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What’s with all the animals?

Posted in : Dispatch, Life On Lantau Articles on by : Around DB , , Comments: 0

Dating back thousands of years and based on the lunar rather than the Gregorian calendar, Chinese New Year (CNY) begins on the first day of the new moon that appears any time between January 21 and February 20 each year. Chinese communities all over the globe celebrate Lunar New Year and it’s a major holiday here in Hong Kong (February 12 to 15 in 2021). During the festivities, people get together and welcome the new year through ancient customs that are believed to bring good fortune, prosperity and happiness.

The CNY festivities last over a fortnight in most countries. The new year period is celebrated with dragon dances, lion dances, gift exchanging and fireworks. It typically ends, with lantern festivals, on the 15th day.

We are about to enter the Year of the Ox – the Chinese zodiac calendar has a cycle of 12 years, and each year has a Chinese zodiac animal as its symbol. The 12 Chinese zodiac animals are Rat, Ox, Tiger, Rabbit, Dragon, Snake, Horse, Goat, Monkey, Rooster, Dog and Pig. The animals always come in the same order, so 2020 was the Year of the Rat, 2021 is the Year of the Ox, and 2022 will be the Year of the Tiger. The last Ox years were 2009 and 1997.

An ancient folk story explains how these animals made the final cut to be immortalised in the zodiac – the Jade Emperor called a race, decreeing that the first 12 animals to swim across a fast-flowing river would each have a year named in their honour. Thirteen animals lined up on the riverbank; however, the cat was pushed into the water by the rat, and was excluded from the final line-up. The rat reached the opposite bank first, by riding on the ox’s back, which is why he is the first of the 12-year cycle of animals in the Chinese zodiac.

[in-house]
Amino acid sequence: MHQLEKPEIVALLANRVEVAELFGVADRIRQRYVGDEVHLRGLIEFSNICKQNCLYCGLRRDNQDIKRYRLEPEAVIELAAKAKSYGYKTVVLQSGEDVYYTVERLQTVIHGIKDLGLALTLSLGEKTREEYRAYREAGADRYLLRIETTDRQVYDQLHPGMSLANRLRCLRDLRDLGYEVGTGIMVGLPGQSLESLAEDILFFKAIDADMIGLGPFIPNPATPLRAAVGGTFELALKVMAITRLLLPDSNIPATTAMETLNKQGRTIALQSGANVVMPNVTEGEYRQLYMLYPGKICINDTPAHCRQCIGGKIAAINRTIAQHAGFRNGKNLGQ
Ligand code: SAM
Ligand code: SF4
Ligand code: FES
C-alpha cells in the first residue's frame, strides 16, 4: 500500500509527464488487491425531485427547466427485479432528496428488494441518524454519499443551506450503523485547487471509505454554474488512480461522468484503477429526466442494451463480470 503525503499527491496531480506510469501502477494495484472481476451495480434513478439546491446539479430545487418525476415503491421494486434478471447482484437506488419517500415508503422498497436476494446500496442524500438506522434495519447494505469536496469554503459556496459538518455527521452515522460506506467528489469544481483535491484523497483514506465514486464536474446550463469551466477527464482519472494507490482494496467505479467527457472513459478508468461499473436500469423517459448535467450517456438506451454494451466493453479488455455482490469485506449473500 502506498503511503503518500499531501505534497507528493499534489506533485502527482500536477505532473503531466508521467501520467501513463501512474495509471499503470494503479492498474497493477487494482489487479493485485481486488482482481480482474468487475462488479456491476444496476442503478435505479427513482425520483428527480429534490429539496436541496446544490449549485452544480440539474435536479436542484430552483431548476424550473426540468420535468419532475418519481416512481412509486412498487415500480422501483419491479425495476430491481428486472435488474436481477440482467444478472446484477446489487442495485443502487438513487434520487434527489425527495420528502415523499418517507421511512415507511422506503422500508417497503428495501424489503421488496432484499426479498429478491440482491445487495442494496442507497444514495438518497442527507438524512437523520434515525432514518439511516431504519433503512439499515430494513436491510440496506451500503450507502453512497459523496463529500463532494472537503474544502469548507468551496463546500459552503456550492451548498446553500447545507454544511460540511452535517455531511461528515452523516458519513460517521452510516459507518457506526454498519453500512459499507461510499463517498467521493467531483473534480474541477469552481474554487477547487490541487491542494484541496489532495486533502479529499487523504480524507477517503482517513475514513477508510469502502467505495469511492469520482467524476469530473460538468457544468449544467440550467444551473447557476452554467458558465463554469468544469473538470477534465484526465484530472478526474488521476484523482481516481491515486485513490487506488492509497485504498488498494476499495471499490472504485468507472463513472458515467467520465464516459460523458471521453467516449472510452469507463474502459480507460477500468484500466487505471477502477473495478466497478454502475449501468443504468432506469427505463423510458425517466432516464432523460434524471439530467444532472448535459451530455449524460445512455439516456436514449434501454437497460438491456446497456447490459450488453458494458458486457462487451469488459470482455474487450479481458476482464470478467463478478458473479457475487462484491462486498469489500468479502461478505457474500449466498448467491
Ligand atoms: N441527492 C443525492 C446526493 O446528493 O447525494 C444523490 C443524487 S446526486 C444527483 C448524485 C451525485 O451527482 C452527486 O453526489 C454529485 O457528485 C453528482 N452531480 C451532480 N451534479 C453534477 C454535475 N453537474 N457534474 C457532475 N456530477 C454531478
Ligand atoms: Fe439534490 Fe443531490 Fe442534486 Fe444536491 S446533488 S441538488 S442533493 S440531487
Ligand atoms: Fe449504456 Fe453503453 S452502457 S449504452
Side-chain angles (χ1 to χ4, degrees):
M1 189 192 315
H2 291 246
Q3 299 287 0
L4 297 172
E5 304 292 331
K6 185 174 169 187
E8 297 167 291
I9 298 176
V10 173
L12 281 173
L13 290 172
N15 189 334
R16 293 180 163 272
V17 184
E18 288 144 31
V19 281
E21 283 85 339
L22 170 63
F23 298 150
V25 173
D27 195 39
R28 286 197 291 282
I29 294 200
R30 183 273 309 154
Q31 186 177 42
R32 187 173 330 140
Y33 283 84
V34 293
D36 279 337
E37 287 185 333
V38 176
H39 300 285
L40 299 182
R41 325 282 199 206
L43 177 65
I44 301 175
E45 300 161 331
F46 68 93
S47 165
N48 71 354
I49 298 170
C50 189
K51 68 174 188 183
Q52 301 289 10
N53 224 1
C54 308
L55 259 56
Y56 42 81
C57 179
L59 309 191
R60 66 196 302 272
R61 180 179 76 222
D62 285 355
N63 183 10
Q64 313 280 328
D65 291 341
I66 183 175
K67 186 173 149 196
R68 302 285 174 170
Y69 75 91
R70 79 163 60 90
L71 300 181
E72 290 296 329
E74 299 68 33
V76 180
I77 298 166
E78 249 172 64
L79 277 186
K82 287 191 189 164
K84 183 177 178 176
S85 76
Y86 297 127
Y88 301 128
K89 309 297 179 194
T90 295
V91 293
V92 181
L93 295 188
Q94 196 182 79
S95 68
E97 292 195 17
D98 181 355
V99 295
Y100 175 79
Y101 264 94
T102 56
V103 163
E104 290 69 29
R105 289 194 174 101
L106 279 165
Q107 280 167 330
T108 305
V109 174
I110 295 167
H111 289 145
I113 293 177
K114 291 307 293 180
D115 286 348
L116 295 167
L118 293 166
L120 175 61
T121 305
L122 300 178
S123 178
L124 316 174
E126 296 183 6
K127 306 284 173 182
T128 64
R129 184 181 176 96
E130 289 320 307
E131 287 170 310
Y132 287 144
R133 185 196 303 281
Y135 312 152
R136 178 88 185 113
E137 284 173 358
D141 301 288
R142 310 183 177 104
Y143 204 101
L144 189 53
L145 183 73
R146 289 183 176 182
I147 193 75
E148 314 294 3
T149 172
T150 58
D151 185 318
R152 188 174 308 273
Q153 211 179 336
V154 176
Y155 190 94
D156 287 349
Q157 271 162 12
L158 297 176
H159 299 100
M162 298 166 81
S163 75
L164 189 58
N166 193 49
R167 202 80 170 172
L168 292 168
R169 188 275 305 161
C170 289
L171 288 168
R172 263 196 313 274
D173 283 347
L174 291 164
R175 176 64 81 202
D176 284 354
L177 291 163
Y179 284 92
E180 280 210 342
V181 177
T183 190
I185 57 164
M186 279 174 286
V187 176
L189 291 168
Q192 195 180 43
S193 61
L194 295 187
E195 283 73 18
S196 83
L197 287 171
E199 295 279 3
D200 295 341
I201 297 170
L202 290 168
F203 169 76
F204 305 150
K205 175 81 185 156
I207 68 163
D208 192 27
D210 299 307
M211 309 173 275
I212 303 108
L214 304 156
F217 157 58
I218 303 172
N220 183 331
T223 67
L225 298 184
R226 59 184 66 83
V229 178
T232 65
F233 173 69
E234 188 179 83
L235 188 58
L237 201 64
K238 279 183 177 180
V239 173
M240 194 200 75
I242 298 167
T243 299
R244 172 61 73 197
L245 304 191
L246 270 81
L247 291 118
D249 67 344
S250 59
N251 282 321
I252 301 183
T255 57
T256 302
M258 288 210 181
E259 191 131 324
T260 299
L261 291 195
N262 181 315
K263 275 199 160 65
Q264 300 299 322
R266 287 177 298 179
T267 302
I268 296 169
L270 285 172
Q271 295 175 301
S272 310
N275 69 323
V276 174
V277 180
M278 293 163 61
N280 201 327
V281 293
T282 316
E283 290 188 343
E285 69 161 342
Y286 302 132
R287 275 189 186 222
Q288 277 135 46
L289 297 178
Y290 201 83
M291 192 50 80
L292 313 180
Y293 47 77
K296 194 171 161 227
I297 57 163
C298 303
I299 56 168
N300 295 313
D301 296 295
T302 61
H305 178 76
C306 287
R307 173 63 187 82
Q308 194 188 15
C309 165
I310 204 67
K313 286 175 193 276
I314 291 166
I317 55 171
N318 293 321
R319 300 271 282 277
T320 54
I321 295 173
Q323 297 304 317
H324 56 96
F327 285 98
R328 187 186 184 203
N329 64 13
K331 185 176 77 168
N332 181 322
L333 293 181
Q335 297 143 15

To complicate things a little bit, the Chinese zodiac animals are combined with the five elements (metal, earth, fire, wood and water) over a 48-year cycle. 2021 is a Metal Ox Year, 2009 was an Earth Ox Year, 1997 a Fire Ox Year, 1985 a Wood Ox Year, and 1973 a Water Ox Year.

People are assigned a Chinese zodiac sign according to the year of their birth, and they are thought to display certain characteristics unique to their zodiac animal. For example, Tigers are thought to be great leaders and Goats are creative, while 2021’s herd of Oxen are said to be hardworking, dependable and determined. Barack Obama, George Clooney and Malala Yousafzai are all Oxen.

Just as people take on the characteristics of their Chinese zodiac animals, so do the years named after them. What then can we expect of 2021, the Year of the Ox? Importantly, the Ox is strong and robust, he is considered one of the most naturally healthy animals in the Chinese zodiac, so we should be in a good place to combat COVID-19. The Ox is hardworking, methodical and self-disciplined – if we follow his lead, we can expect good things. The Ox brings stability to relationships and casts a favourable eye on long-term investments.

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